In Lashkar Gah, the majority of female prisoners are serving 20-year sentences for being forced to have sex. Terri Judd visited them and heard their extraordinary stories
Beneath the anonymity of the sky-blue burqa, Saliha's slender frame and voice betray her young age.Asked why she was serving seven years in jail alongside hardened insurgents and criminals, the 15-year-old giggled and buried her head in her friend's shoulder.
"She is shy," apologised fellow inmate Zirdana, explaining that the teenager had been married at a young age to an abusive husband and ran away with a boy from her neighbourhood.
Asked whether she had loved the boy, Saliha squirmed with childish embarrassment as her friend replied: "Yes."
Ostracised from her family and village, Saliha was convicted of escaping from home and illegal sexual relations. The first carries a maximum penalty of 10 years, the second 20. These are two of the most common accusations facing female prisoners in Afghanistan.
Two-thirds of the women in Lashkar Gah's medieval-looking jail have been convicted of illegal sexual relations, but most are simply rape victims – mirroring the situation nationwide. The system does not distinguish between those who have been attacked and those who have chosen to run off with a man.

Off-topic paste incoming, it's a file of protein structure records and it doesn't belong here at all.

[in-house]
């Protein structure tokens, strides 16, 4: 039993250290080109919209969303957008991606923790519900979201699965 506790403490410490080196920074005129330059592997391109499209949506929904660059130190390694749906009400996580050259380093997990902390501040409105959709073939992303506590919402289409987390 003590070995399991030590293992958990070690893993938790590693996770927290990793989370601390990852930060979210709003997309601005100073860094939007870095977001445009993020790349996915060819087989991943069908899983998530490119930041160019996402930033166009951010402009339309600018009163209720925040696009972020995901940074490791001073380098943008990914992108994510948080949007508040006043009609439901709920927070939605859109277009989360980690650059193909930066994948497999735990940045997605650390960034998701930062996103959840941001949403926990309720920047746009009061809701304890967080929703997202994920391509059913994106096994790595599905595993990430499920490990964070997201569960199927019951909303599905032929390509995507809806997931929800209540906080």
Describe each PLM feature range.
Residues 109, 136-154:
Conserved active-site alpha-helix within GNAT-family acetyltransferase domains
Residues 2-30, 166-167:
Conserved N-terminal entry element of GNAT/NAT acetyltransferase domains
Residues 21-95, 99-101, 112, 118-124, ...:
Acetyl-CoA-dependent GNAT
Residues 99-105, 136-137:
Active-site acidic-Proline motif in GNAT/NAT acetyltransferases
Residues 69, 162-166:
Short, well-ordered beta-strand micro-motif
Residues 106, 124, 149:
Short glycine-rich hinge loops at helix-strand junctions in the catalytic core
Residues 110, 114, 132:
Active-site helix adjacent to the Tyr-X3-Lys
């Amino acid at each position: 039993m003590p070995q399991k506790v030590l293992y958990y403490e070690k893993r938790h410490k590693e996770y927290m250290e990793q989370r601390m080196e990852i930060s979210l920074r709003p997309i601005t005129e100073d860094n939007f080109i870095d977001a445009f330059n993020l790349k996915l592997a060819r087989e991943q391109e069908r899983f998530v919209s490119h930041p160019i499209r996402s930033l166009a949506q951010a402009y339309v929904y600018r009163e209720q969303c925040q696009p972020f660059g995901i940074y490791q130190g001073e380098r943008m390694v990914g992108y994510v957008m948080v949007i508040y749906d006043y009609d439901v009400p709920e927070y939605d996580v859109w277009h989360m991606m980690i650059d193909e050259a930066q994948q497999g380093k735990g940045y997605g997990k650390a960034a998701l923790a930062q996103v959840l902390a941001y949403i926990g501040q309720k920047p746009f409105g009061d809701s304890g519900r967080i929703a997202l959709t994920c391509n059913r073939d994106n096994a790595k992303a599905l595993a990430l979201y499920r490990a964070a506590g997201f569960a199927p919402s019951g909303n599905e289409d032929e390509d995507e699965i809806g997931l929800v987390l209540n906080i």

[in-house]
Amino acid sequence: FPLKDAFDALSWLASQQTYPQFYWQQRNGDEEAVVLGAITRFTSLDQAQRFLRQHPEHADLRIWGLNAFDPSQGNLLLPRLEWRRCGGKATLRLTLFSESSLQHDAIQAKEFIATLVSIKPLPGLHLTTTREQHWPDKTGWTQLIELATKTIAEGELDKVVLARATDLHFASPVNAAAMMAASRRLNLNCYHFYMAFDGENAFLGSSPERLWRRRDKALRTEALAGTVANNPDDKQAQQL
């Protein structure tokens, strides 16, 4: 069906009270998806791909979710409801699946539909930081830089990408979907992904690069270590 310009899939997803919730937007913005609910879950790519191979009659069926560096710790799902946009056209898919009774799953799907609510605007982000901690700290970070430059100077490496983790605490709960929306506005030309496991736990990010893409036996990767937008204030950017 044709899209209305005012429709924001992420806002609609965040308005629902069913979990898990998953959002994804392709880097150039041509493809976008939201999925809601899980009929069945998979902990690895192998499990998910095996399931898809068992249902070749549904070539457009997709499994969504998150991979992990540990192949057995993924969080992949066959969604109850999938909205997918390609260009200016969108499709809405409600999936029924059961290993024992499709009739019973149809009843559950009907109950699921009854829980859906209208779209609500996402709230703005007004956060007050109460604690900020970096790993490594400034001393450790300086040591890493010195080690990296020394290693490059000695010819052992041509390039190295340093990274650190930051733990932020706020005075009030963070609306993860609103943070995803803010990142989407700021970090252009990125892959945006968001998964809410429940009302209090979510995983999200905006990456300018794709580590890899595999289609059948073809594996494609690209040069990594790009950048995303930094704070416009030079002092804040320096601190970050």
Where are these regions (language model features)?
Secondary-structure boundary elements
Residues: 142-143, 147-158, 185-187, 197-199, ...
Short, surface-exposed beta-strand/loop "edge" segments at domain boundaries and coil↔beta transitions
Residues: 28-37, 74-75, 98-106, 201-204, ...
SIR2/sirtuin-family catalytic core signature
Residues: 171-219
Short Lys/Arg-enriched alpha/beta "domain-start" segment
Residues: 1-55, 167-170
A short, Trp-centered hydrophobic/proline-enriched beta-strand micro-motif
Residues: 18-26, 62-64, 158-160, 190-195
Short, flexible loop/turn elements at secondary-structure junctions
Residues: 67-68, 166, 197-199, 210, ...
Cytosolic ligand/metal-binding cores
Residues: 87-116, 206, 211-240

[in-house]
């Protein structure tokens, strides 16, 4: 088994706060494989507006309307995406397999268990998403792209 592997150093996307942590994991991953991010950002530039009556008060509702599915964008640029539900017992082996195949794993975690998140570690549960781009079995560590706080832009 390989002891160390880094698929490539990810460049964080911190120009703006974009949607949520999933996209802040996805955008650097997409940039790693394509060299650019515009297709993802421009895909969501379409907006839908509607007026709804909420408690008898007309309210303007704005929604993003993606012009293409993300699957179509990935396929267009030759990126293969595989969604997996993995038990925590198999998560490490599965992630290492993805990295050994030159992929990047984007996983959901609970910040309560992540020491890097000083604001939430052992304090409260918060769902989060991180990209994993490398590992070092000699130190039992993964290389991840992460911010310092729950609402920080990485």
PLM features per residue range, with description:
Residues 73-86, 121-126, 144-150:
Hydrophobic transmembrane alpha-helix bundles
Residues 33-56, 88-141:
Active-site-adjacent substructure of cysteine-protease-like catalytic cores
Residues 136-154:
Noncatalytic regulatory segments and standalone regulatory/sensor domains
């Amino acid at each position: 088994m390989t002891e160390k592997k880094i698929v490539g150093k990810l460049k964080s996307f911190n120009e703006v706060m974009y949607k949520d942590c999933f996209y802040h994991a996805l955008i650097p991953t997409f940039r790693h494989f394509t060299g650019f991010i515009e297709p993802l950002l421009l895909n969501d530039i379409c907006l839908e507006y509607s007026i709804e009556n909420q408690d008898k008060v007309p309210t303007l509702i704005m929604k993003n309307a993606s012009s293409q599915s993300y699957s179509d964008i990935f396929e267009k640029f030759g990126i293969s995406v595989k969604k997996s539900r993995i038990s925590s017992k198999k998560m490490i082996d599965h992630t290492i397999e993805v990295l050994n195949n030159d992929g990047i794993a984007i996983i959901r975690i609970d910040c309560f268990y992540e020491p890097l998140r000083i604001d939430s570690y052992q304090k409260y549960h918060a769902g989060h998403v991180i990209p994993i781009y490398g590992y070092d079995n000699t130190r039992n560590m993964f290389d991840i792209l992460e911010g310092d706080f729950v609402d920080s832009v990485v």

Sitting among the plastic flowers around his desk, where an optimistic United Nations scales of justice poster competed for space with images of Afghanistan's President, Hamid Karzai, Colonel Ghulam Ali, a high-ranking regional security officer, explained sternly that he supported the authorities' right to convict victims of rape. "In Afghanistan whether it is forced or not forced it is a crime because the Islamic rules say that it is," he claimed. "I think it is good. There are many diseases that can be created in today's world, such as HIV, through illegal sexual relations."
But there are signs of progress. A female shura, or consultative council, was established in Helmand province last week to try to combat the injustice of treating an abused woman as a criminal, and not a victim. British officers and Afghan government officials from the province's reconstruction team are also overseeing a project to build humane accommodation for the 400 male and female prisoners.
Inside the fortified compound of the prison in Lashkar Gah, Helmand's capital, the 330 male prisoners laze about in the shade of their straw huts. The prison security was was recently upgraded with new razor wire and guard posts following the attack on Kandahar's prison in which more than a 1,000 inmates escaped, including 400 Taliban. Past the main gate, inmates – whether on remand and awaiting trial or convicts – are incarcerated alongside 50 insurgents.
In a separate area are the female "criminals" – the youngest is just 13 years old – along with their small children, who must stay with their mothers if no one else will claim them. Their only luxury is a carpet, two blankets, basic cooking facilities and two daily deliveries of bread. They have neither medical care nor, as Colonel Ali acknowledged, "basic human facilities", such as washing areas, electricity and drinking water. All this he hopes will be rectified when the new building his finished.